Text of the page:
RARA-AVIS: Re: willie or not

From: JIM DOHERTY ( jimdohertyjr@yahoo.com)
Date: 09 Dec 2006


Again, I won't go into your long response point by point, but your original assertion was that religios beliefs were all but absolutely verboten in publishing
(and, by inference, in all popular entertainment) until recently, and you spcifically refer to several famous mystery writers below:

"Neither Chesterton nor Kemelman were anywhere near as successful as Earl Stanley Gardner, Ellery Queen, or Agatha Christie, who mention religion only in passing."

to bolster thant point. I'm not sure what you mean by
"only in passing," but to take each writer in turn:

One of Gardner's early Perry Mason books was THE CASE OF THE STUTTERING BISHOP, in which the central figure is an Anglican clergyman. True, Mason's own beliefs don't come to the forefront here, and this might only pass muster, by your lights, as a "passing reference," but, again, that's only off the top of my head, and I'd be surprised if there aren't other religious references throughout Gardner's sizable ouvre.

The two cousins who collaborated as Ellery Queen made, I grant you, only inferential references to their own Jewish faith, but religiosity pervades their books to a large degree.


The central situation in THE CHINESE ORANGE MYSTERY is that everything in a crime scene has been reversed or turned upside-down. This turns out to have been a ploy to conceal the fact that the murder victiom is a Anglican clergyman.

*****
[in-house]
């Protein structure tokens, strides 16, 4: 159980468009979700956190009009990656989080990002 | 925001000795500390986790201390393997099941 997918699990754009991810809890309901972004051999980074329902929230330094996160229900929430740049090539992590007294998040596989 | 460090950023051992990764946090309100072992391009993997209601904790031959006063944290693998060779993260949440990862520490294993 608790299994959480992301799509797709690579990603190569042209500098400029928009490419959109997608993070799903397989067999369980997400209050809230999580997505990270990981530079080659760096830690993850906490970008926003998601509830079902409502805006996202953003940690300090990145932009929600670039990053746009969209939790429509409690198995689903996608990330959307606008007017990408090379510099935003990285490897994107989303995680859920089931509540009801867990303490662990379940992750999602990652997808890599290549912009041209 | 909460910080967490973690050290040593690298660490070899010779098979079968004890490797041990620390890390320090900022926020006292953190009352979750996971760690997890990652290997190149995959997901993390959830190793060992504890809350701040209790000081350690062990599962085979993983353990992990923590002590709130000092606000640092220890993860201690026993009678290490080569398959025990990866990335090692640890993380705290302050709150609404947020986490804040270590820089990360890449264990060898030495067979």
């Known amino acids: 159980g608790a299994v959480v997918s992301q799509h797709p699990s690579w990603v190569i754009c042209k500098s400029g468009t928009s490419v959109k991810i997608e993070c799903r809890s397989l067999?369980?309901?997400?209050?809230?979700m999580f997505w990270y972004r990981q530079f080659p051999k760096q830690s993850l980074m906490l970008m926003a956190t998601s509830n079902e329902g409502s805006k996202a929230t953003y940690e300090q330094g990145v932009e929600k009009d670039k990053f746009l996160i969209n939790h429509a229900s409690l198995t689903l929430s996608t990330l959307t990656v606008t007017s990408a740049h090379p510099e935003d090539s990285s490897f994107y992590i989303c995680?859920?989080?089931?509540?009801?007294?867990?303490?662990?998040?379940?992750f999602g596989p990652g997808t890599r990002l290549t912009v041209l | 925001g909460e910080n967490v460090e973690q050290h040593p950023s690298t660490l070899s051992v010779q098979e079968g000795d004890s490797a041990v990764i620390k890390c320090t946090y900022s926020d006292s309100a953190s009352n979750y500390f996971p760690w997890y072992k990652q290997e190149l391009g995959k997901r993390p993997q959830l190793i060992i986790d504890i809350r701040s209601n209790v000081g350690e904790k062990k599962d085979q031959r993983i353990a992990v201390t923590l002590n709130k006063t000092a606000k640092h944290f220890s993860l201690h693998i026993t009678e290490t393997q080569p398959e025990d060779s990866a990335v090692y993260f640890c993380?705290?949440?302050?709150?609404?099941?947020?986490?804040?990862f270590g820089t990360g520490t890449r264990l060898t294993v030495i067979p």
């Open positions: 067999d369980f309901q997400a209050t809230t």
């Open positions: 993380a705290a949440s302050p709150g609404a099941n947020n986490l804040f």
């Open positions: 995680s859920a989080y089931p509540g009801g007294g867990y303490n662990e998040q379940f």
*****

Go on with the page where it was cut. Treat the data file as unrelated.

Again, I grant you, something that might be regarded as only a passing reference, but the whole novel hinges on that religious symbol.


Regligiosity also pervades such early work as THE EGYPTIAN CROSS MYSTERY and THE CAT OF MANY TAILS. TEN DAYS' WONDER is built around a series of ten crimes each meant to represent one of the Ten Commandments, in much the same way that the murders in SE7EN represented the Seven Deadly Sins. AND ON THE EIGHTH DAY is about Ellery's investigation of a crime in a peaceful desert religious cult.

I'm not as familiar with Agatha Christie's work as I am with Gardner's or Queen's, but I do know that the first Miss Marple novel, MURDER AT THE VICARAGE, is about a murder at, well, a vicarage, and that the narrator who acts as Miss Marple's "Watson" is the local Anglican vicar, who is presented as an intelligent, and sincerely religious helpmate to the main sleuth.

Even Conan Doyle, who you mention earlier, let some religious comments in. You presume, for example, that Holmes must be Anglican, but I think an argument could be made, given his French background (and given the religion Conan Doyle was raised in) that he was Cathlic, although likely not a practicing one. It is known that he undertook at least two investigations for His Holiness, the Pope, the affair of the Vatican cameos, and the disappearance of Cardinal Tosca.

Religion and religious beliefs may not have been as central to the work of the writers you cite as it was for Chesterton, Kemelman, Holton, and others, but there doesn't seem to have been a conscious effort to avoid it in the hope that no one would be offended, and I'm not really sure what causes you to draw that conclusion.

Looking outside of mystery fiction, again, consider that the O'Haras in GONE WITH THE WIND are all practicing Catholics and one of Scarlett's sisters becomes a nun. Consider that Gregory Peck's movie debut was as a Catholic missionary in China in a film adaptation of a best-selling novel, A.J Cronin's KEYS OF THE KINGDOM. Consider how many Oscars have been given to performers playing Catholic priests or nuns going back nearly 70 years. I honestly don't see any evidence that publishers, or their counterparts in other media, were making a fetish of avoiding any mention of specific religious belief systems in order not to offend anyone.


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